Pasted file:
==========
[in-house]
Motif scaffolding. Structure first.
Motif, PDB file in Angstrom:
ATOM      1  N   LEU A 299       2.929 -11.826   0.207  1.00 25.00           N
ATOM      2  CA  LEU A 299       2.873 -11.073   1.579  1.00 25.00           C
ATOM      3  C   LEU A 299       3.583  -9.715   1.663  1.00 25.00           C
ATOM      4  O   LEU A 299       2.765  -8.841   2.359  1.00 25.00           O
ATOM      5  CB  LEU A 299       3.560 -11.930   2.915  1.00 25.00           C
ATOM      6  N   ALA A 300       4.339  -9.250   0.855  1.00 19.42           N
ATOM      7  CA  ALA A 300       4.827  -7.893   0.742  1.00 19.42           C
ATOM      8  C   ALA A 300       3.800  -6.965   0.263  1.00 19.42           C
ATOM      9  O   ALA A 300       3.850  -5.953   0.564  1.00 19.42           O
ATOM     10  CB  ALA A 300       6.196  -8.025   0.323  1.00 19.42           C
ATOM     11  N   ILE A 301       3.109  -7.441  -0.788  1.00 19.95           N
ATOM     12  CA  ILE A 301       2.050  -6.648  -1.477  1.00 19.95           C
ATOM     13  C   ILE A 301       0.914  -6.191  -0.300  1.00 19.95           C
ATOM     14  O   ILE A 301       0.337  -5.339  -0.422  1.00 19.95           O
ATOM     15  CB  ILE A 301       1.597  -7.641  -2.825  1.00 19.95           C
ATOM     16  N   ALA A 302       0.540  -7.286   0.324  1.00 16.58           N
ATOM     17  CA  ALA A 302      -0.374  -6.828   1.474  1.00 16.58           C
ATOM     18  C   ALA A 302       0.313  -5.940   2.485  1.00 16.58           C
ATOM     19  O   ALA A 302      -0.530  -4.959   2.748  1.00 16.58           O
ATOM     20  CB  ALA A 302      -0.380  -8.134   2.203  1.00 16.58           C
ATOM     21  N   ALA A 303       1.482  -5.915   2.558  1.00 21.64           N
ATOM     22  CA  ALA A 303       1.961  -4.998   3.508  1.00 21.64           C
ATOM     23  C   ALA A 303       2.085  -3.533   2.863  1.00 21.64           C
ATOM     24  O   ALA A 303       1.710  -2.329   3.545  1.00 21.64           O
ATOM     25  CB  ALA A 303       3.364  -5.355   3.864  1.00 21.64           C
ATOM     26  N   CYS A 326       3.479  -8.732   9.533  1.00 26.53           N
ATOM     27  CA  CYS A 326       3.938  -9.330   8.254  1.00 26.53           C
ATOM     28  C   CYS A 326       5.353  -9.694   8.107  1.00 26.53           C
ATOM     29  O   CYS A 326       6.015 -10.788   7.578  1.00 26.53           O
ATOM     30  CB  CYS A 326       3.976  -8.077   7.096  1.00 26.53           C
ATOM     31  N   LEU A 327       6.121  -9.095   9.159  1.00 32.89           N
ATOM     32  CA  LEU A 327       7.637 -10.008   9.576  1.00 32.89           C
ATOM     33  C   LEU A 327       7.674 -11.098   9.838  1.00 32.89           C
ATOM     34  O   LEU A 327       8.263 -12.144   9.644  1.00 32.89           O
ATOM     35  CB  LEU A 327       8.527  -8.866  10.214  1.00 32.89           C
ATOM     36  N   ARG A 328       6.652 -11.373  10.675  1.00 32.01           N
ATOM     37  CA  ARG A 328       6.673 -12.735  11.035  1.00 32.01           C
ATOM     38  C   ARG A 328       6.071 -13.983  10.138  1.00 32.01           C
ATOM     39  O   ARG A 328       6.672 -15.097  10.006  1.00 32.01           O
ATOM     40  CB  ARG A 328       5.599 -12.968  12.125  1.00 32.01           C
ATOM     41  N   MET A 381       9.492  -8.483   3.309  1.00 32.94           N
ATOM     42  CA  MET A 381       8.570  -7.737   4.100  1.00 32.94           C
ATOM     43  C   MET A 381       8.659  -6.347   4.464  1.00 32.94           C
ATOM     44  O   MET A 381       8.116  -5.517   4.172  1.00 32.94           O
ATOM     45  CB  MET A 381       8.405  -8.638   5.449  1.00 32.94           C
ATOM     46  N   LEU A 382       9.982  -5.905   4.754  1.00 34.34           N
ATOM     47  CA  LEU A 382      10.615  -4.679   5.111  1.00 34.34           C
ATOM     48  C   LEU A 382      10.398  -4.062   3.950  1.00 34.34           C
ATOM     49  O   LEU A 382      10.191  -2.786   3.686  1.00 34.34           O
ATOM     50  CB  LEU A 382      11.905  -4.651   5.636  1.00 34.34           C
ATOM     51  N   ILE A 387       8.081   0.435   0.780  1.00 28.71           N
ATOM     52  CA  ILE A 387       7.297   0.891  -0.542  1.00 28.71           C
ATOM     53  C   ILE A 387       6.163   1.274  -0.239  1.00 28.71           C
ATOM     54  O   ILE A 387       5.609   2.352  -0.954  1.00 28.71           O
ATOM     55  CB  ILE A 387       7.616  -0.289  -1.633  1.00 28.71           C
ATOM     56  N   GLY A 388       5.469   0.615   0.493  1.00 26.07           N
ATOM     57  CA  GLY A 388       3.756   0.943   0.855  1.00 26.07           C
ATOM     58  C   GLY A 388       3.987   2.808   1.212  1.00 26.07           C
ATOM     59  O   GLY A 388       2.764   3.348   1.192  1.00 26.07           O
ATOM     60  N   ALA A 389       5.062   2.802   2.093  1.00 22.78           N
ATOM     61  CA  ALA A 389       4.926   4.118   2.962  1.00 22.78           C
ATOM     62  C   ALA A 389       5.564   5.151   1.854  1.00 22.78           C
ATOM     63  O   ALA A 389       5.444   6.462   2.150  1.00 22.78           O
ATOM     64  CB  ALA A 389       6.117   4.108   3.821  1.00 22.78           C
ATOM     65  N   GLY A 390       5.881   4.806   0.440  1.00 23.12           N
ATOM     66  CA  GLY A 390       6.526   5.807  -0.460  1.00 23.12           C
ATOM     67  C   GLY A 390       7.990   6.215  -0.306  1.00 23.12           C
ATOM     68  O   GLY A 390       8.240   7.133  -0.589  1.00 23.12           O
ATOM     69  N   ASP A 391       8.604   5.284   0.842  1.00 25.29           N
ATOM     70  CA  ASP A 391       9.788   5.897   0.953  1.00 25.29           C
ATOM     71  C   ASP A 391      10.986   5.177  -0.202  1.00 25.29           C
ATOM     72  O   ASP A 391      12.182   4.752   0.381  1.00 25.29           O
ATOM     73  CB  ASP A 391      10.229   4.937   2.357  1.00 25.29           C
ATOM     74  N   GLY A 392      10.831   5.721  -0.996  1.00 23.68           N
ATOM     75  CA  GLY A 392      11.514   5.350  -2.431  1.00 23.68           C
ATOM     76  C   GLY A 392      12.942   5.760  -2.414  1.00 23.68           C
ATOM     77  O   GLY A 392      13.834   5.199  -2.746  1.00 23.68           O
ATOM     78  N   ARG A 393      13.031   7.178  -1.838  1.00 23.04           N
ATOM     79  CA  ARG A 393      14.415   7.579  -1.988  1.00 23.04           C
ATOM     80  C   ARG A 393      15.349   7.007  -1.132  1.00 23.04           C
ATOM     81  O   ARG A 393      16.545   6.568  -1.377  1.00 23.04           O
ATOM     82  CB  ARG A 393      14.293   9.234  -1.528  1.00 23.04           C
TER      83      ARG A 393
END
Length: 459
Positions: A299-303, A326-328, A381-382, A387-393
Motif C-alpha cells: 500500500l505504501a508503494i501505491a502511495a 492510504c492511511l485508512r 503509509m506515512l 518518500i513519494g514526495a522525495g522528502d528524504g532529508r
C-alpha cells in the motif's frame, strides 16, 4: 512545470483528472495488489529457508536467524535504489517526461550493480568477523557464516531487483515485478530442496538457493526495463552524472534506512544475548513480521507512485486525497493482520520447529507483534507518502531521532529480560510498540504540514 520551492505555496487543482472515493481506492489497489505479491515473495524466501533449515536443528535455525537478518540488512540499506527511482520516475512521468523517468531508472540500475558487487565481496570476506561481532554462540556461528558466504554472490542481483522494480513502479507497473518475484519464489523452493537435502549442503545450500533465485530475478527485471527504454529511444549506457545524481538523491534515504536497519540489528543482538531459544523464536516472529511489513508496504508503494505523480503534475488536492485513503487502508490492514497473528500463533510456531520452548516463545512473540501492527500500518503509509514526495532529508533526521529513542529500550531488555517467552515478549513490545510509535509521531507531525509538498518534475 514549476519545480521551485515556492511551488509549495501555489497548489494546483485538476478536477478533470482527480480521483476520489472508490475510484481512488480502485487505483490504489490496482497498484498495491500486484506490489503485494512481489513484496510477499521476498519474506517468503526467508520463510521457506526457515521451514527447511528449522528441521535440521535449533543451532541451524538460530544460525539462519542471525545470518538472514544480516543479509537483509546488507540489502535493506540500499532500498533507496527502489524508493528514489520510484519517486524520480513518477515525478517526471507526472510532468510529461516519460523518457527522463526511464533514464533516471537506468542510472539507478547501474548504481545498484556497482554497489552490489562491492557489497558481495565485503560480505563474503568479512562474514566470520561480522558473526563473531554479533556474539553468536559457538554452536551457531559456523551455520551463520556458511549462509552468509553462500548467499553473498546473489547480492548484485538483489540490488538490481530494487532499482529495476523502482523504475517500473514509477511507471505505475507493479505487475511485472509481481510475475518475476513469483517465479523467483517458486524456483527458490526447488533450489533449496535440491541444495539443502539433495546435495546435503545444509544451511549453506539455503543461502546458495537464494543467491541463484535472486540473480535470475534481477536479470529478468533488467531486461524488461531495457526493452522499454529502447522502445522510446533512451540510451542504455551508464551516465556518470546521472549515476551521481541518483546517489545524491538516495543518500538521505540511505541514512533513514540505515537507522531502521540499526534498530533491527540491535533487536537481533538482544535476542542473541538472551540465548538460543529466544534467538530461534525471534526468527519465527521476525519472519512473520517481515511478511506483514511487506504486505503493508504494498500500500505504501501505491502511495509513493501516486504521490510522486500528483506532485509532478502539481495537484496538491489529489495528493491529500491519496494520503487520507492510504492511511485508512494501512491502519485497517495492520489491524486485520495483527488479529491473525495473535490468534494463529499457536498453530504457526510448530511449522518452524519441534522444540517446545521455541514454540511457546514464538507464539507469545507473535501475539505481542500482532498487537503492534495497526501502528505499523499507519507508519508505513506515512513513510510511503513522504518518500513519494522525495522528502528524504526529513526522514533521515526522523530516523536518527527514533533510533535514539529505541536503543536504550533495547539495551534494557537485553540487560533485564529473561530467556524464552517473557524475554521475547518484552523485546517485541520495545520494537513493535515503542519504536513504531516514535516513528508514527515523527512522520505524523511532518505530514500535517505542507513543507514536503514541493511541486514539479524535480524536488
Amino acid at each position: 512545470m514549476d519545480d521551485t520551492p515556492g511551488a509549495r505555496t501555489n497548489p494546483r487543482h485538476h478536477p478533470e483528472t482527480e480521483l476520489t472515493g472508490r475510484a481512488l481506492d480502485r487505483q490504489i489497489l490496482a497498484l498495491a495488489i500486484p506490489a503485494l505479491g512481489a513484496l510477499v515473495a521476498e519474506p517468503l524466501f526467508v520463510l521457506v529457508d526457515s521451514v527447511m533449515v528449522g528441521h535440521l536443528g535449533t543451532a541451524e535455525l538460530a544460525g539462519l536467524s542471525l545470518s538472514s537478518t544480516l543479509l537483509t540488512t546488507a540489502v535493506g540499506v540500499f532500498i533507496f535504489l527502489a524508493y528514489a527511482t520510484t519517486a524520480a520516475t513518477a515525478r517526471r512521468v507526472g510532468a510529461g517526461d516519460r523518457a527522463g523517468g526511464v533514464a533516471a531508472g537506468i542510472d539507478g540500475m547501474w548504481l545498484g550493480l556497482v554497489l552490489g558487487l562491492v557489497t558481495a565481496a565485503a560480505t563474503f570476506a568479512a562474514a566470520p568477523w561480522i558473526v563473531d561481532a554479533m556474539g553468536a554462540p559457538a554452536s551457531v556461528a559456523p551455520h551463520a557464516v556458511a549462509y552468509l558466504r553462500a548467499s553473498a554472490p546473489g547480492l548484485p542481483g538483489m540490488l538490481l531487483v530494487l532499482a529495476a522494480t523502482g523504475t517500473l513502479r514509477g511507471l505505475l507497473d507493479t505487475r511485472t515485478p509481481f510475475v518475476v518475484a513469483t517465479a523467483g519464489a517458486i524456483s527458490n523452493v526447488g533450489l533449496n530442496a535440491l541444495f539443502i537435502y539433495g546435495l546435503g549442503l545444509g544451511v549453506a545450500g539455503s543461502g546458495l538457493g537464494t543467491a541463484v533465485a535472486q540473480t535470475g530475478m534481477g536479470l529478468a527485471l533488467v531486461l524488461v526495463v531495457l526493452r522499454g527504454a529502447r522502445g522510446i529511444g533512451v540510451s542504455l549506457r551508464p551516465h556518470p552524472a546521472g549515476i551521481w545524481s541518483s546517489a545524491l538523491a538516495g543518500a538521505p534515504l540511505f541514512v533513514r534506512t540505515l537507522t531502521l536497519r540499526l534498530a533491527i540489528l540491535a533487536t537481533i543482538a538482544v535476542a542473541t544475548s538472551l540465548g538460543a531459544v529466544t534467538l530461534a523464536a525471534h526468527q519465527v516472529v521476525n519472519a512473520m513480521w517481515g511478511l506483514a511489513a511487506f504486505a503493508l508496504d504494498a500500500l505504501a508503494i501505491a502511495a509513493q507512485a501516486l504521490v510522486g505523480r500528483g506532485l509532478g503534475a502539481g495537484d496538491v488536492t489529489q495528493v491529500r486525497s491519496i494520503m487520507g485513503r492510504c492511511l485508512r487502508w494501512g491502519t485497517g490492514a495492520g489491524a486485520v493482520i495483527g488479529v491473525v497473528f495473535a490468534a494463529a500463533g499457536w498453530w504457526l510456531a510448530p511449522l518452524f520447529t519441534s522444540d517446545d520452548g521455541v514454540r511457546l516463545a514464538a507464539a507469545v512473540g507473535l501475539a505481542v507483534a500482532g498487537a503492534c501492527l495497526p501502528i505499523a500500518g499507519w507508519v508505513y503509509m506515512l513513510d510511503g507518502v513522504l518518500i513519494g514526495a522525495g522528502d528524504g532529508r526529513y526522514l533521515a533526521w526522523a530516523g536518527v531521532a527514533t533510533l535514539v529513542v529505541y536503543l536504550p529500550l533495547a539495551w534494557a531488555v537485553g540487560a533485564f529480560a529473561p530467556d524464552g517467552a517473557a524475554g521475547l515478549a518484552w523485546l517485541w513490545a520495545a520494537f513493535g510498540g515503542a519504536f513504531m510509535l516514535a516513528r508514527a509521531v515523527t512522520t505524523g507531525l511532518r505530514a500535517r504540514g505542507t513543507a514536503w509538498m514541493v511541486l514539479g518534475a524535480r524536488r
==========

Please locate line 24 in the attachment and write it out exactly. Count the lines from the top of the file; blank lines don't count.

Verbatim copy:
ATOM     21  N   ALA A 303       1.482  -5.915   2.558  1.00 21.64           N